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Investing Made Simple: Index Fund Investing and ETF Investing Explained in 100 Pages or Less Paperback – 2009
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The book provides a great foundation to start from if you know little to nothing about investing and want to get started. That said, if you know a decent amount already (can hold a water cooler conversation about investing) you may not find more than a handful of helpful facts and this book probably isn't for you.
Bottom line: if you're an investing noob then get this book and it'll be a 30-60 minute investment well worth the return. If you already know the basics about investing this will be too easy for you.
For new investors, or for ANY investor who is not really (and I mean *really*) sure they are on top of things, this book is where to begin. It will show you the big picture and give you a clear view of every important aspect of investing for the long haul.
There are other books that go into more detail or that have more rigorous theoretical discussion. Some have very entertaining histories and anecdotes, but most of those swamp the beginner in side issues or details one can't appreciate without the concise overview provided here. There are also many other introductory books, and I have read a few, but this one stands out for its clarity.
You actually don't *need* any more than is in this book, but if you start to dig into the resources listed at the end you will probably want to dig deeper and learn more. When I came across this book I had already read most of what it lists in the Resources section and can say it contains a great selection.
I read this book after about six months of self-education about investment strategies and can say that it covers all the important aspects in a highly organized way that is easy to follow. After reading this I bought three more copies to give to my (adult) children. I didn't think any of the other books I read would have been of any use to them. Perhaps after they read this one they will follow up on their own.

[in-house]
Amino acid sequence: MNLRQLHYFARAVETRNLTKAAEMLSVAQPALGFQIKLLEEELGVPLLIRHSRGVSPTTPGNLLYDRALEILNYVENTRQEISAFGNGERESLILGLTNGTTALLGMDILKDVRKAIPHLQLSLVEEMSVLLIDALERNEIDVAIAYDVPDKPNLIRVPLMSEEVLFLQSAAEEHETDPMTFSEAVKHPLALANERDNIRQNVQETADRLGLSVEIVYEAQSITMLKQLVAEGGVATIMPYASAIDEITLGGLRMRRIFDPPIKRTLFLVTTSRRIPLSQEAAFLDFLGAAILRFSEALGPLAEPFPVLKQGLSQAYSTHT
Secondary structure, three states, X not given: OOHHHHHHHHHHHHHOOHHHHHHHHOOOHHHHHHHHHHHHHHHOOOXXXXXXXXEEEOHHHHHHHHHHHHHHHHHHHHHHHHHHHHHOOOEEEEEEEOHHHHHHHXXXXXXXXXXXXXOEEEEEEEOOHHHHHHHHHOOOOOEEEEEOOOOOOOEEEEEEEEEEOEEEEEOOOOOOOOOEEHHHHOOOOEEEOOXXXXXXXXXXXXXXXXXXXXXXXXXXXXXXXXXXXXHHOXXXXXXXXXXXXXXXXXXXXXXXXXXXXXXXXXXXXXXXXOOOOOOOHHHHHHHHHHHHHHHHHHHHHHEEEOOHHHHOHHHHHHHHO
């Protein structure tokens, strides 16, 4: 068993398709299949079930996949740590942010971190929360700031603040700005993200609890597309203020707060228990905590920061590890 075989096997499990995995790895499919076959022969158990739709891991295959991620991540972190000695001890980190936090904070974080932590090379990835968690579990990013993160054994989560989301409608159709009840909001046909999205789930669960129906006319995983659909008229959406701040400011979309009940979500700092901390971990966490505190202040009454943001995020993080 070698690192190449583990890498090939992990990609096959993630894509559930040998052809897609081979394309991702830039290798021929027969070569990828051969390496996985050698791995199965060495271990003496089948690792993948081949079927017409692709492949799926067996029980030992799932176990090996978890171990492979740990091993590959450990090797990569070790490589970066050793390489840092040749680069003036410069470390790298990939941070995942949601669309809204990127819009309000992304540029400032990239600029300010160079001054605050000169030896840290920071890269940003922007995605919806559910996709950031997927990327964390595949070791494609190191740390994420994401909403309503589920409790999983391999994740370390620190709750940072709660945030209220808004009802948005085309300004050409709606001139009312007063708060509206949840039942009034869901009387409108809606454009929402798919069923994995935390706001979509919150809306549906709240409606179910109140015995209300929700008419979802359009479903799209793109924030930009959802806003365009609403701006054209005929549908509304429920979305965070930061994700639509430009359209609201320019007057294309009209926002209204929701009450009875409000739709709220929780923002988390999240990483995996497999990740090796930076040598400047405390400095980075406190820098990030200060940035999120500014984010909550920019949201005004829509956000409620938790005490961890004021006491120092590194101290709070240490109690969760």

An example of the clear and intelligent writing: 'Be wary of any claim by a financial advisor that he can reliably pick stocks or funds....' Now the justification: 'if most fund *managers* can't beat [low expense ratio, tax efficient] index funds, why should we believe a financial *advisor* who claims that he can? Remember, trying to beat the market is a fund *manager's* full-time job. Financial *advisors* have to spend time meeting with clients and performing marketing activities to find new clients. Researching stocks and mutula funds is, at best, their third-highest priority.' [my emphasis added]
The coverage of what you actually need to know and do is excellent:
Types of accounts
Risk and return
How to know how much you need for retirement
Asset allocation and risk tolerance
Thinking long term
Automate your investing
For some this book will be a great starter for others it will be all they will need to begin investing for the long term. For me I thought it was a start but after researching more, learning more, evaluating more complicated trial investing scenarios/porfolios, I came full circle and ended up with a keep it simple stupid (KISS) portfolio of index funds, both stocks and bonds, and 1 REIT index fund. A similar investing scenario that Mike Piper's book, blog and Bogleheads advocate.
Thanks Mr. Piper!